Army Strong: The United States Army is revamping the way that it evaluates the physical fitness of its soldiers. Like the other service branches, the Army has traditionally used a combination of calisthenics and running to comprise the Army Physical Test. The ARPT has been push-ups, sit-ups, and a 2 mile run. The advantage of doing it this way is that it is easy to conduct. You don’t need any equipment, you just line everybody up and go. The disadvantage is that you’re not testing the full range of physical capabilities that a soldier will call upon in combat. In order to remedy that, the Army is rolling out the Army Combat Readiness Test. The ACRT will have 6 events:
-2 mile run (speaks for itself)
-250 meter sprint/drag/carry (a combination of sprinting and moving weights)
-deadlift (1 rep maximum)
-leg tuck (hanging from a bar, touch elbows to knees)
-standing power throw (10 pound medicine ball, thrown backwards)
-t-pushups (at the top of the motion, lift one arm from the floor and raise towards the sky)
-The logistics of conducting the ACRT are going to be very challenging. I do not envy the unit ACRT coordinators. You’ll need a decent amount of equipment, which may be difficult for deployed personnel. For the power throw, you will need to accurately measure everyone’s throw but I am sure everyone will be extremely chill about it with their careers on the line. Then for the deadlift, you have to coordinate max weight attempts for dozens of people. And the sprint/drag/carry will be interesting to say the least. Think of it this way, you will have to coordinate a road race, a powerlifting competition, and a throwing competition. And that’s just half of the events!
-Why the t-pushup? Pull-ups are the best test of climbing ability which is crucial in a combat situation. You never know when you will have to pull yourself over an obstacle. My guess is that the Army felt that the back was getting enough work in the deadlift and leg tuck and wanted a push exercise in order to balance out the body. How about dips? Dips are a phenomenal exercise for the pushing motion and they would be easy to implement.
-Doing the sprint/drag/carry after the run sounds like a ball-buster:
“The sprint/drag/carry is actually pretty rough,” said Sgt. Thomas Masi, of B Company, 2nd Battalion, 75th Ranger Regiment. “I didn’t think it was going to be that bad.”
A 2017 Best Ranger Competition winner agreed that it was the most challenging event.
“I think the sprint, drag and carry — just because it’s an all-out event and incorporates a bunch of different muscle groups so it stresses you more than just an individual muscle group, said 1st Sgt. Joshua Horsager, of 2nd Battalion’s A Company.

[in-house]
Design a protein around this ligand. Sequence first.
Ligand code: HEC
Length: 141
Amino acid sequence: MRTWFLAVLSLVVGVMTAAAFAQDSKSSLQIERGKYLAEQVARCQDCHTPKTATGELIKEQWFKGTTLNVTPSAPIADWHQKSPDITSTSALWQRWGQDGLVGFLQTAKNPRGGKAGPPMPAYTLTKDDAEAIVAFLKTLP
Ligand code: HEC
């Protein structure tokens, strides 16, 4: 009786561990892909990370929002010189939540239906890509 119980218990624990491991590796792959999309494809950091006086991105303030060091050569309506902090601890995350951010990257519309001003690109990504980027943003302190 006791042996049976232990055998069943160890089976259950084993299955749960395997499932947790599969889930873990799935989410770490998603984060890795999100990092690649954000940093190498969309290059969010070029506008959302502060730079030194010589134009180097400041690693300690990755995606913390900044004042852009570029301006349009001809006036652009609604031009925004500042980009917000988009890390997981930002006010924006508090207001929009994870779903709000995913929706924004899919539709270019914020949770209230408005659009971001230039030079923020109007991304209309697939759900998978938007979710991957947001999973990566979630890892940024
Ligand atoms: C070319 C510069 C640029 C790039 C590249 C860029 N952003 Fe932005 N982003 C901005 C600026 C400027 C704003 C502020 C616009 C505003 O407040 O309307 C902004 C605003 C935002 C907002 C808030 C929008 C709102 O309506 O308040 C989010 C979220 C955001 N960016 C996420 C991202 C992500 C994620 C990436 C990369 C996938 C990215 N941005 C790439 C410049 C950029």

Guys will have to learn to pace themselves on the run. If you go all-out on the run, then you’re going to struggle on the rest of the events.
-The ACRT sounds like a mini-CrossFit Games. This will keep people honest. If you’re not working out year-round, the ACRT could destroy you.
Fitness Marketing: BarBend had a piece this week on companies that are using fitness (especially functional fitness) to promote their products. I’m coining this term: Fitness Marketing. Fitness Marketing is a marketing tactic in which the goal is to use fitness to promote a product or service that is not fitness-related. Companies have started to do this because the people that participate in fitness activities are the most desirable consumers. They are young, educated, and relatively affluent. And they are also passionate about fitness. That’s why we are seeing beer ads with CrossFit Games athletes.
BarBend highlights 3 companies: Chipotle, Michelob, and Samsung. I would also include brick and mortar stores that are using fitness classes to draw people to their locations. Where is all of this headed? Will this ever become halfway as developed as sports marketing? If so, that could be a huge infusion of money into the fitness ecosystem. Imagine if Mat Fraser and Tia Toomey were sponsored by Apple (maybe every CrossFit Games athlete has their own watch deal) and gyms had advertising deals with companies like Procter & Gamble. I know a lot of people would hate that but I would love to see more money in fitness. Because if there was big money, there would be a lot of very smart people trying to figure out how to grow the pie, i.e. get more people to start working out.
Milennials: The LA Times published an article on how the millennials are driving the growth of boutique fitness studios. It is no secret that millennials have different priorities than their parents when it comes to their spending dollars. For one, fitness is becoming un-commodified and people are willing to pay a premium to be challenged: